of mid-Wales,
but we could claim that we lived
in the shadow of the first mountain...
inside the Welsh border.
These mountains
have defeated every invader.
This is where
the Britons fled...
when they were invaded
by the Romans, the Angles,
the Saxons, the Vikings,
the Normans.
Oh, yes, they all invaded
this island of Britain,
but they`ve never
taken the mountains from us.
They`ve never taken
ancient Britain.
[ Chuckles ] My God. Those last
stretches are steeper than they look.
- Yeah.
- l hardly think that
your pedometer reading...
will be much use.
Uh, well, not much,
but, uh, nevertheless--
So, can you see either
of our checkpoints from here ?
But l can see
those two men again.
SngSng [ Faint Singing ]
Rather ominous. Reminds me
of surveying Abyssinia in `88.
- [ Men Chattering ]
- [ Morgan ] Come on, boys.
Any more bets ?
This may be your last chance.
[ Man ] 2,300.
For Williams the Petroleum.
Good man, good man.
Right, Anson.
Oh, uh, well,
same as you,
l imagine.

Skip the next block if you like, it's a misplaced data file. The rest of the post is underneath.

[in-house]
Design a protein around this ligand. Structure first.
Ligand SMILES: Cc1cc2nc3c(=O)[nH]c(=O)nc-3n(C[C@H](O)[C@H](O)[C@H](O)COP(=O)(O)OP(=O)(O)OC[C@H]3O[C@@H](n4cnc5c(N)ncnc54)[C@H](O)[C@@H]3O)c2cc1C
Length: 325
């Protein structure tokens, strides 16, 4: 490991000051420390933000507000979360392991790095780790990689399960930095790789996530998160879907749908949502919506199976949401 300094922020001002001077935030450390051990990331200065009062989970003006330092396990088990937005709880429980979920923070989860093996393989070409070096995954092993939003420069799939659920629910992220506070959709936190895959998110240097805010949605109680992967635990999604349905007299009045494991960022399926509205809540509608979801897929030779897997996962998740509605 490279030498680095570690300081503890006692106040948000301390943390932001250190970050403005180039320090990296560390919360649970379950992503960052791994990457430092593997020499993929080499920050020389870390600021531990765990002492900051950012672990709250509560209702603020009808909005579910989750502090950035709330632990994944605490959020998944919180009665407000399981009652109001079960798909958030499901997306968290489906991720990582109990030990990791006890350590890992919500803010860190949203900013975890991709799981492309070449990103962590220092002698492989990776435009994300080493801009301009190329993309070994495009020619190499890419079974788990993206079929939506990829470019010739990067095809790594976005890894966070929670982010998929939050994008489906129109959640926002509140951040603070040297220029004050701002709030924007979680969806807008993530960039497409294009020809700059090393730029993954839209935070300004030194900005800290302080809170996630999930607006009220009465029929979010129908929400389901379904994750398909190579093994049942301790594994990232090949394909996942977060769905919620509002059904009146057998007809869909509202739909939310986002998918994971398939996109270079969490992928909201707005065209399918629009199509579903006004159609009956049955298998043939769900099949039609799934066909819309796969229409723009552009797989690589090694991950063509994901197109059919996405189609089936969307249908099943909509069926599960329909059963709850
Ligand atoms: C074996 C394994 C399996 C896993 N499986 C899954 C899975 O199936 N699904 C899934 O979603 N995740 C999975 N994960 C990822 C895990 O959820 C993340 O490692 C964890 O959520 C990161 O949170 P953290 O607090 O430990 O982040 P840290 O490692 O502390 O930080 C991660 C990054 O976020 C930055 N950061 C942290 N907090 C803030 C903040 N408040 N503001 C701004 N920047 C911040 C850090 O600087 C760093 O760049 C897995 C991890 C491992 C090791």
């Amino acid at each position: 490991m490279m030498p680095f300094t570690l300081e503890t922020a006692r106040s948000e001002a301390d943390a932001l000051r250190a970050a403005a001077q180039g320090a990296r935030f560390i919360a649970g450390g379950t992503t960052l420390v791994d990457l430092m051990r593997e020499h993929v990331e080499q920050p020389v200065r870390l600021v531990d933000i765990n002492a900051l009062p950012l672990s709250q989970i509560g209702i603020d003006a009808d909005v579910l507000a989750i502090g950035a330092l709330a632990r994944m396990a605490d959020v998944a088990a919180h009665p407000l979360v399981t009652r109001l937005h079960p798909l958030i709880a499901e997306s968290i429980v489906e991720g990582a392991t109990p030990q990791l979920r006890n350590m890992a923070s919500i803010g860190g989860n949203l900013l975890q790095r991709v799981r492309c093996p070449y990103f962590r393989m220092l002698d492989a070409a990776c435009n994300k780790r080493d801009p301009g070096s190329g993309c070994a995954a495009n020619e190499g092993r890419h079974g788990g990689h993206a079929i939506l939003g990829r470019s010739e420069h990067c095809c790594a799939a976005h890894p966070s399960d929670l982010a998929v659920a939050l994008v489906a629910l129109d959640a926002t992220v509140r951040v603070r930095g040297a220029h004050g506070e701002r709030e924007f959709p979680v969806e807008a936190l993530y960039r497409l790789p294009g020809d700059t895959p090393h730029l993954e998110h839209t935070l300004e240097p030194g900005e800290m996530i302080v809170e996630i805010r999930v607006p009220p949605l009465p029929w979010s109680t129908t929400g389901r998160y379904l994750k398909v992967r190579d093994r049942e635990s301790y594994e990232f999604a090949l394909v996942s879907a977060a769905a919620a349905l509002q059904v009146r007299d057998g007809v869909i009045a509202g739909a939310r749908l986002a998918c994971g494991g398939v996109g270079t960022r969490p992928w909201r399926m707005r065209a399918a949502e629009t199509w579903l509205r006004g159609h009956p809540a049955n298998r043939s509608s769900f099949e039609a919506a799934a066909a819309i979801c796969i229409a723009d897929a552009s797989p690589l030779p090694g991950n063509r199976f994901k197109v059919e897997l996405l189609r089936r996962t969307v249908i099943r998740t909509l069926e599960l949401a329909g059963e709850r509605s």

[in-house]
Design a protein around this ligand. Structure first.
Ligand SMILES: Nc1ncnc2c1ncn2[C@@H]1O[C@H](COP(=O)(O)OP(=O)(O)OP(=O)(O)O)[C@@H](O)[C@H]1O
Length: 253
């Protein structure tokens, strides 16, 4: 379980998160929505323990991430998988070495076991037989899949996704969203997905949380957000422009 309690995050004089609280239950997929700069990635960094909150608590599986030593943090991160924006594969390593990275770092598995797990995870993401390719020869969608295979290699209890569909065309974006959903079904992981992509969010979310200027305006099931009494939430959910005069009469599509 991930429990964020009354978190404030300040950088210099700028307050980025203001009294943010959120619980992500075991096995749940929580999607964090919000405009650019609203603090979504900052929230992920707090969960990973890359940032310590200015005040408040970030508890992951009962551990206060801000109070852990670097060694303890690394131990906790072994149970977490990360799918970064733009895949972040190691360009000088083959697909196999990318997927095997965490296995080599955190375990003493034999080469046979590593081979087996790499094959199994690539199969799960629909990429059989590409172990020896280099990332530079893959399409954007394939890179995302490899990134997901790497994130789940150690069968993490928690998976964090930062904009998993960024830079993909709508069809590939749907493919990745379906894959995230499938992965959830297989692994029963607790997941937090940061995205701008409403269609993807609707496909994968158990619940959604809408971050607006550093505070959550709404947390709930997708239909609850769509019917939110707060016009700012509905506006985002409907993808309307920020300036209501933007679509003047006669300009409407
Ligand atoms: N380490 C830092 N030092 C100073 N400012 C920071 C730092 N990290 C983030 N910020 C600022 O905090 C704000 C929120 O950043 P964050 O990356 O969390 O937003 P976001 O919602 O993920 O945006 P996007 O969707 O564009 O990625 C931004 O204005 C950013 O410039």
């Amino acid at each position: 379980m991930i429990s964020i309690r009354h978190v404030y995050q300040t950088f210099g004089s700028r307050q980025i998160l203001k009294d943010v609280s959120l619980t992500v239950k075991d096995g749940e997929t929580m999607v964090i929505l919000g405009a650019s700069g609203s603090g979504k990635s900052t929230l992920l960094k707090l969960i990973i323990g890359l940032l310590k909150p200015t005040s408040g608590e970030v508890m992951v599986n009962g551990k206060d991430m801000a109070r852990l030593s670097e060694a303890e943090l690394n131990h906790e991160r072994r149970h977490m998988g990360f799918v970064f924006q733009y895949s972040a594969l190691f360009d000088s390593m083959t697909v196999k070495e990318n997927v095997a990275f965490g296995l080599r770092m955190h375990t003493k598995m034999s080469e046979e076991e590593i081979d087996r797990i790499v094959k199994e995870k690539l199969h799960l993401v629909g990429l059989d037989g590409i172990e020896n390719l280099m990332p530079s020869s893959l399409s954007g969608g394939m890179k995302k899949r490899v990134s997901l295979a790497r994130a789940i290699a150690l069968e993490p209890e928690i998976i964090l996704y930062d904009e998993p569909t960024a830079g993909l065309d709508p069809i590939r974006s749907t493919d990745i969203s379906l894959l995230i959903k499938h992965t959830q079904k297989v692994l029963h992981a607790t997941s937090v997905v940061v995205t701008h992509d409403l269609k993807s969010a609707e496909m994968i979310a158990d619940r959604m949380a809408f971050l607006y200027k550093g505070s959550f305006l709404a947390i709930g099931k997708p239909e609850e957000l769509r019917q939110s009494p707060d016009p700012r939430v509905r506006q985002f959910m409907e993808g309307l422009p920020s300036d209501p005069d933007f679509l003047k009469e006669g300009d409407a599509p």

Mmm, yes.
More or less.
The very men we need.
Mr. Garrad, sir.
Settle our bet.
How high is our mountain ?
l`m sorry.
l can`t say yet.
We`ve only just done
the first recce.
You must have some idea.
Well, nothing accurate
as yet, l`m afraid.
- Good night.
- Night.
- [ Men Murmuring ]
Uh, look.
l may be wrong, but after 25 years
of doing this sort of thing, l doubt it.
l would say about 930 feet.
- 930 ?
- 930 ?
[ Dog Barking ]
- [ Knocking ]
- Come in.
- Mr. Anson !
- Oh, Mr. Morgan.
Yes. Perhaps you can help.
Do you know, um, who those two gentlemen
down there in the street are ?
They`ve been
following us all day.
[ Morgan ] Thomas Twp
and Thomas Twp Too. Local farmers.
They`re not quite
with it-- touched.
- Oh.
- Stupid. Twp.
That`s Thomas Twp on the left
and his brother, Thomas Twp.
- Sorry ?
- Oh, he`s Thomas Twp Too.
- He is.
- Or is it the other way round ?
W-Well, whichever. Tha-That`s fine.
lt was just they were, um--
-We were beginning to get a bit worried.
-Oh, quite harmless.
Now l think
l can safely say...
l`m speaking on behalf of all
of my patrons-- villagers to a man--
when l say l feel--
we feel--
that your Mr. Garrad`s done a pretty
shoddy job measuring Ffynnon Garw,
which is, to any trained eye,
a mountain.
- Beg your pardon ?
- Oh. Accepted.
No, no, no, no. l mean-- Sorry.
l-l`m not quite following what you--
930 feet, man ?
l hope he doesn`t intend sticking to
this obviously euphonious measurement.
No, th-th-the thing is,